One of the most gut-wrenching and incredible things I've ever heard in my life. I've listened to this countless times. It tears me apart every time. A double disc set of Rollins reading from his book of the same title. Nearly 150 minutes of solid and brutal stories about Rollins time with the band Black Flag, most of them from the road. Deep, personal, and vicious. No prisoners taken, no bodies left behind. You can see the scars. It made me feel as significant as lint... like I'd done nothing... ever. VERY powerful.
Hank reciting from his new book Eyescream. Musical accompaniment by jazz greats Charles Gayle and Rashied Ali. Though not quite as entertaining as his on-stage spoken word stough, it's still very heavy. The music is great and works perfectly. I have to thank the mighty Tim Michael for this one... a great Christmas present from his trip to the UK.



Ok, I'm slipping. This has been out for a while. Haven't heard this yet, but I'm sure it features some of his best writing from the book (which is also monster-rockin'.)
Think Tank
Material from his fall 1997 tour of Australia and a 37th birthday show in Chicago, Illinois.
  • World Peace: A wonderful idea about solving some of the garbage in the world. Would it work? Who cares!?! It would be great.
  • El Nino: I'd been waiting to hear someone else mention this.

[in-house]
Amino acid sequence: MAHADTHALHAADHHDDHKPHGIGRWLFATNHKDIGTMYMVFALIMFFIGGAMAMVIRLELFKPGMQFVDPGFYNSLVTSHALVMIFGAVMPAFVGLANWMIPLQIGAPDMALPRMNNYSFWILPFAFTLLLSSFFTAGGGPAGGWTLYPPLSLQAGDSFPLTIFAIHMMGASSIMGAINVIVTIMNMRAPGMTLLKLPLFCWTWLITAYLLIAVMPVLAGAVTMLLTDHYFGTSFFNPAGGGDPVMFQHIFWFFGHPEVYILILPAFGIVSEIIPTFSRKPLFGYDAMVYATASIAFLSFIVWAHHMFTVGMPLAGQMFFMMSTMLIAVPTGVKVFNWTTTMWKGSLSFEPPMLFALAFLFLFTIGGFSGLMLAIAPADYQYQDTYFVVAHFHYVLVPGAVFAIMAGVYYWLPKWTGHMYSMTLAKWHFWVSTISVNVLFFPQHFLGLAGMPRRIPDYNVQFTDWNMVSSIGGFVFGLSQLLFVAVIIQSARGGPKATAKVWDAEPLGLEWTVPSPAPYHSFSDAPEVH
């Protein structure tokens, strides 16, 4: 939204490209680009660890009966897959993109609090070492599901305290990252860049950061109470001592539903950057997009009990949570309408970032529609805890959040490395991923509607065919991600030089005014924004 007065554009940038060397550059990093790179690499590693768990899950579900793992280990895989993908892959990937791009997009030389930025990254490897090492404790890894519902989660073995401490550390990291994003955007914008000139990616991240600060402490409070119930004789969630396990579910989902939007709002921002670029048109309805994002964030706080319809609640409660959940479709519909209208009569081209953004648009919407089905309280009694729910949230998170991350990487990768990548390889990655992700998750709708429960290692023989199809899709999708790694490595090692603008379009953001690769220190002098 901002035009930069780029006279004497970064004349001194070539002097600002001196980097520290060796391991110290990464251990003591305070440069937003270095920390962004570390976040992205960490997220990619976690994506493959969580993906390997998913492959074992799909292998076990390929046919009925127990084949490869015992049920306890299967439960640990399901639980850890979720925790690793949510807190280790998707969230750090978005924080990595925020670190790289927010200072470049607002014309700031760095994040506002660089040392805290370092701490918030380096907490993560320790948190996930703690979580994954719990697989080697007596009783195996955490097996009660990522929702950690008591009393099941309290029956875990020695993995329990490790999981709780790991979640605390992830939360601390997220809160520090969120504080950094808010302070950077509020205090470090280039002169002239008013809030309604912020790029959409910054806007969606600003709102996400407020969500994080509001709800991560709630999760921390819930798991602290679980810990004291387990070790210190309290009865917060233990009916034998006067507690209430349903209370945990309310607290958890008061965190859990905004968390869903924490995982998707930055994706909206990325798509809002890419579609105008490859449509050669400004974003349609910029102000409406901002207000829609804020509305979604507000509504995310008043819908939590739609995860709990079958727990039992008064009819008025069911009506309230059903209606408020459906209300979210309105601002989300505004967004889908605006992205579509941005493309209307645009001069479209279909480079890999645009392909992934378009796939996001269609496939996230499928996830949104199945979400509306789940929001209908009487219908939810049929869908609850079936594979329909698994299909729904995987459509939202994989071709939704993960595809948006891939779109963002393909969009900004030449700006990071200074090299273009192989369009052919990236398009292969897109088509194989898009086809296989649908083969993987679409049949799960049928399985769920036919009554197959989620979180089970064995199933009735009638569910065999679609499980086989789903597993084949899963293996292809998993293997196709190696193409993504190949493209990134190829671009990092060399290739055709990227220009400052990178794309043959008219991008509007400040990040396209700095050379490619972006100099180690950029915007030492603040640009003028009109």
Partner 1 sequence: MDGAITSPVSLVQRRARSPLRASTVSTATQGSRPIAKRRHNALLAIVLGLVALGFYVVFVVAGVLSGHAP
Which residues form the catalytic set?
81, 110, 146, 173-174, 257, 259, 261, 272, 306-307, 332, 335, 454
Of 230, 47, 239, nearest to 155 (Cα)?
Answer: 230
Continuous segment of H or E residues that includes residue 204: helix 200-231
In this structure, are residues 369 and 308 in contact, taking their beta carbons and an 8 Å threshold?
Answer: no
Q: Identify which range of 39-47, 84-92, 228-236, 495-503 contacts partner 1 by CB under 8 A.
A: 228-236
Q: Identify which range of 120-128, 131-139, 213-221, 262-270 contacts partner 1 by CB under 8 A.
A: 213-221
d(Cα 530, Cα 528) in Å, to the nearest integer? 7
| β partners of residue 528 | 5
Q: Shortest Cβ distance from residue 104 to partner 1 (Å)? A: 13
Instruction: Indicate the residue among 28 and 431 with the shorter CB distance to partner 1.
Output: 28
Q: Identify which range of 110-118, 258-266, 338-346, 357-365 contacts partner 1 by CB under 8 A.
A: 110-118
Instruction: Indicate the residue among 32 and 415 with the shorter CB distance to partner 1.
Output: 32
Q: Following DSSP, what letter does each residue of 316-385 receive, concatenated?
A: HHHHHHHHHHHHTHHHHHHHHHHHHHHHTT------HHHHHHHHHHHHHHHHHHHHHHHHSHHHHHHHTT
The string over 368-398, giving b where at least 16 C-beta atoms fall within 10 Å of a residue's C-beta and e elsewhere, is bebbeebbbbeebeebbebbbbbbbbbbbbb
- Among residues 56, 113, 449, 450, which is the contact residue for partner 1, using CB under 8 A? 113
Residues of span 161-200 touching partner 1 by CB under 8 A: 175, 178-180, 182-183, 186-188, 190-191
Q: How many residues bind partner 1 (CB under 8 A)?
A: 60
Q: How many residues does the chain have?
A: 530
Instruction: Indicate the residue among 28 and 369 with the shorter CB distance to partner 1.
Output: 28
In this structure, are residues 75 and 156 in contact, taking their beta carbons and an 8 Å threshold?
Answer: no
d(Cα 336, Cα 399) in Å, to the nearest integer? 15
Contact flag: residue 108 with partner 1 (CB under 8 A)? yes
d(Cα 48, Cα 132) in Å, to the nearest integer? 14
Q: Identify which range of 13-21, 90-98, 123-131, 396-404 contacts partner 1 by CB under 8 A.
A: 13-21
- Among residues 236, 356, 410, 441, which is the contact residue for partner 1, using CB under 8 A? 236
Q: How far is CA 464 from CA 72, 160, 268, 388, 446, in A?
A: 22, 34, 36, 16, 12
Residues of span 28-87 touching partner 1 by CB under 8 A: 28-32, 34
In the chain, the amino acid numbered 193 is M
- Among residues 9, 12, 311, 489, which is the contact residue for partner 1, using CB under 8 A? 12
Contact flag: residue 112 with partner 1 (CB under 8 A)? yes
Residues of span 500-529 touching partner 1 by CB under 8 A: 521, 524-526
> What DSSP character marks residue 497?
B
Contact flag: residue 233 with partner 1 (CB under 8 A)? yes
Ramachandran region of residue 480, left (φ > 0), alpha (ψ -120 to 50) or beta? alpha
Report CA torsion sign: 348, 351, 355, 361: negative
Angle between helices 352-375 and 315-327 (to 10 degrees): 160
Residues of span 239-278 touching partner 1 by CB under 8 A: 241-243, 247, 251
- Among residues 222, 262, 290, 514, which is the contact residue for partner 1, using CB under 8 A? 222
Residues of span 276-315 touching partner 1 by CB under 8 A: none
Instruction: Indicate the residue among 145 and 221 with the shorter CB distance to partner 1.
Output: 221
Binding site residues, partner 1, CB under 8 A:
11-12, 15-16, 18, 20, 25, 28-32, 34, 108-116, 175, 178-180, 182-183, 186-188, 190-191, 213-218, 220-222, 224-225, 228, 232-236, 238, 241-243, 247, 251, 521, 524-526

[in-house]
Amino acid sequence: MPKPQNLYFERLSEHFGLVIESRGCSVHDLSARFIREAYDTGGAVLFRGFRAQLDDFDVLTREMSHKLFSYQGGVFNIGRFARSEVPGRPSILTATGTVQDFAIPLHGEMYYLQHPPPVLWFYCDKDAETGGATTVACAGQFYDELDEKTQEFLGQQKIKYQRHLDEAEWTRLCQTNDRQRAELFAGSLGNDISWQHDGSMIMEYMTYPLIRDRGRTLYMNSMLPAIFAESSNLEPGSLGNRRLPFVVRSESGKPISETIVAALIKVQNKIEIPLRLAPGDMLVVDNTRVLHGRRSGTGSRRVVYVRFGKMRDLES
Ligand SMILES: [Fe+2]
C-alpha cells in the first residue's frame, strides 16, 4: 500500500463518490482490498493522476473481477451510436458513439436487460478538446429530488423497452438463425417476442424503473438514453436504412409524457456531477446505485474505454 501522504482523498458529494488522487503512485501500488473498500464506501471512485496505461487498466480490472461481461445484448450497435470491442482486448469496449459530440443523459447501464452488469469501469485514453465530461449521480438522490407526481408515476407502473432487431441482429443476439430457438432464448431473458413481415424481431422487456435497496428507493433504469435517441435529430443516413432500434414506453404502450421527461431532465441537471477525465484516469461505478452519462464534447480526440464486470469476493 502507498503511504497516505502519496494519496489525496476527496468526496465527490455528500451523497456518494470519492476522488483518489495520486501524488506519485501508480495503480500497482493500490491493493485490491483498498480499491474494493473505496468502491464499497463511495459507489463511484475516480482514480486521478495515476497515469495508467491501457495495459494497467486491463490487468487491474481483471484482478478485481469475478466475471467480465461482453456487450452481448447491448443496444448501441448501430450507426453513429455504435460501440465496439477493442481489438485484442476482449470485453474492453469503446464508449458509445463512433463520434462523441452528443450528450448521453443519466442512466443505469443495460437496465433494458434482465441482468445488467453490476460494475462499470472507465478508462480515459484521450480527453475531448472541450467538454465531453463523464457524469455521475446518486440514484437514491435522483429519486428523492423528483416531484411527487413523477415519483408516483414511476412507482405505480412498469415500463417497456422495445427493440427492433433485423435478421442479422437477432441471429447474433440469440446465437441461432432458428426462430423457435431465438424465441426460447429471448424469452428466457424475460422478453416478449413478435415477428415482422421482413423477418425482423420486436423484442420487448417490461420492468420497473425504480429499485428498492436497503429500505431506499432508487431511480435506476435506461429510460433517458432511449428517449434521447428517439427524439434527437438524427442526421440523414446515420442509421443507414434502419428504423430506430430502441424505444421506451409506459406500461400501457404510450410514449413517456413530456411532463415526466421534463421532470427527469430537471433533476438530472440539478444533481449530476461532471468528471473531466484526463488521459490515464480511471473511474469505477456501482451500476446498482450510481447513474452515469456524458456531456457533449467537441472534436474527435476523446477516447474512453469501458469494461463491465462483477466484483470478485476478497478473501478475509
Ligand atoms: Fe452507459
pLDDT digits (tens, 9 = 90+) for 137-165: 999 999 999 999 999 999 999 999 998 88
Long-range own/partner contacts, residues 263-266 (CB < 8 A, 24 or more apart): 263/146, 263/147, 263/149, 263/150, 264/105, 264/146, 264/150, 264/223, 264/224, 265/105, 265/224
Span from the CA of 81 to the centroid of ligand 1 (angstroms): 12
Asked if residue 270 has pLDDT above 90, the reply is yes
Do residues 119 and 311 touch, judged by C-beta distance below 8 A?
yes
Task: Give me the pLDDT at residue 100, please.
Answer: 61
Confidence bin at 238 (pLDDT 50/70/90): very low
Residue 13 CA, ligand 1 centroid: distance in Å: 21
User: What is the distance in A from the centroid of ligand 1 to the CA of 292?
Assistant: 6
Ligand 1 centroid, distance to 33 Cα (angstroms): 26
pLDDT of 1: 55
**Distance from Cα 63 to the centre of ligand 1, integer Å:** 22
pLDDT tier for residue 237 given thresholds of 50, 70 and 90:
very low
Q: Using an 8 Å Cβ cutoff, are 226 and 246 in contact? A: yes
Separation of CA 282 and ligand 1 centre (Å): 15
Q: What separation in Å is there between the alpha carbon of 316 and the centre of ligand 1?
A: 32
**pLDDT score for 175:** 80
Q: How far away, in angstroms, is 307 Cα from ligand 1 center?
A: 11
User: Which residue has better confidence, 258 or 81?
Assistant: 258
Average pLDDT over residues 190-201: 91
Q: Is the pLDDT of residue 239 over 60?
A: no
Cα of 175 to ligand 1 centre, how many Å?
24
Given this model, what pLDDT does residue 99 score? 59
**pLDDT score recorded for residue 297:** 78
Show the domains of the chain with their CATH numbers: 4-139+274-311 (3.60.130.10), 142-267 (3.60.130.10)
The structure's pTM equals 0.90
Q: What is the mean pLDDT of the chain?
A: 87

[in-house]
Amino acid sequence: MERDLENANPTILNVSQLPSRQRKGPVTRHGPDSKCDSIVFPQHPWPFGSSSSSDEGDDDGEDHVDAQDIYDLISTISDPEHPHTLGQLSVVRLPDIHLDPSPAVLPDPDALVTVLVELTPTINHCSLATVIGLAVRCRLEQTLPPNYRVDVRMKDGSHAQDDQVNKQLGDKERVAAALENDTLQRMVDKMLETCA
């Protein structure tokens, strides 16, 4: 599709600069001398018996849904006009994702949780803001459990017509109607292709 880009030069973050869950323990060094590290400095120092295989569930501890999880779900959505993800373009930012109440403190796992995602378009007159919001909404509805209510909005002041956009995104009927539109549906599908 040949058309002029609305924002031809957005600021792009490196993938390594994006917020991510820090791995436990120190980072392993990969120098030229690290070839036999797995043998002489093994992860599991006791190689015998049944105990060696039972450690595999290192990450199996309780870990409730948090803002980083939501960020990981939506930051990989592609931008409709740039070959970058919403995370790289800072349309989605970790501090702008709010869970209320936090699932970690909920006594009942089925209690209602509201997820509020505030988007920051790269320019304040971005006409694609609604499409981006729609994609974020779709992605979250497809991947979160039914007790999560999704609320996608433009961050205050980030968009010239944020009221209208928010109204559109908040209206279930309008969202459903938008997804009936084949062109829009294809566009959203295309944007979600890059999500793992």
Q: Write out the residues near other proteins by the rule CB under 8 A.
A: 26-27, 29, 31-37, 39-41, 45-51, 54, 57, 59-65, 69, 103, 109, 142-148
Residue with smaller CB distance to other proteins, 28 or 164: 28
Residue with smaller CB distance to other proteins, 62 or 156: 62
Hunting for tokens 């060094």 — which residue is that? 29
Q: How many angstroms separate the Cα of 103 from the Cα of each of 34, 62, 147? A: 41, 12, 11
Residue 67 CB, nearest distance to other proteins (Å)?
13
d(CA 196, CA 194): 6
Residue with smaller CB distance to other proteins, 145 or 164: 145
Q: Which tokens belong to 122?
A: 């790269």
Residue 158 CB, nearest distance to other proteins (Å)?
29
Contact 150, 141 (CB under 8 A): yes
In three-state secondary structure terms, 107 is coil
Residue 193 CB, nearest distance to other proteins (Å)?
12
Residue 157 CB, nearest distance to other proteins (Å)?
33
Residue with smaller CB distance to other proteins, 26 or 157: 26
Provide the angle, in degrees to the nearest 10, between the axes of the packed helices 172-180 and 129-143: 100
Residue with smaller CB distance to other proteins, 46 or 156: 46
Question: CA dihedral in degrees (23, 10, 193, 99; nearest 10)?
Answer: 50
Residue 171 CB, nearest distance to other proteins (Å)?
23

• Brazil: A wonderful little story about screwing up on stage.
  • Marius: One of the more intense pieces that he's done for a few years live. Good to have this one on a record.

Rollins initially put out some of the early material on limited cassette runs. A release called Readings consists of material from 1987 exists out there somewhere. There are others, but I'm not sure what they are or how many copies were made.

There were also several compilations that were released with Rollins stuff on it. They're relatively hard to find.

Our Fathers Who Aren't in Heaven
Double Disc set on Lydia Lunch's Widowspeak label. Includes spoken word by Don Bajema, Hubert Selby, Jr., Lunch, and Rollins. The two main Rollins things on it can be found on Human Butt. The other two appear in written form in his books. This comp is mainly worth it for the Selby story "Fat Phil's Day." There's also a bit by Lunch on it about crime in the city that is tremendous. I wouldn't buy it just for the Rollins bits, but it is a good compilation.
Sound Bites from the Counter Culture
An excellent compilation from Atlantic records that is VERY out of print. Contains bits from Rollins, Jello Biafra, Jim Carroll, Hunter S. Thompson, Timothy Leary, Bob Guccione, Jr. of Spin, Hunter S. Thompson, and several others. The Rollins bit is about "the virtues of the band Black Sabbath." It is excellent. I really wish it would appear somewhere that would be easier to find.

The videos!





Rollins on a decent night. Very funny stuff. He covers the L.A. riots, some stories about DC during his childhood (including some things that went on at the pet store,) depression and solitude, and the story of how his best friend Joe Cole got murdered. Not an easy story to tell, nor to listen to if you know where it's leading. Very entertaining and commanding.

You Saw

Me Up


Released at the same time as Think Tank, it contains many interesting road stories from the man. And I don't own it yet.

There is also another video that has been shot and canned for now of a date that Rollins did in London. Due to contract negotiations and problems at his old label Imago, it may never come out. I believe that the record company officially owns the rights to it and Rollins can't do much about it. I've read that he would really like to see it released.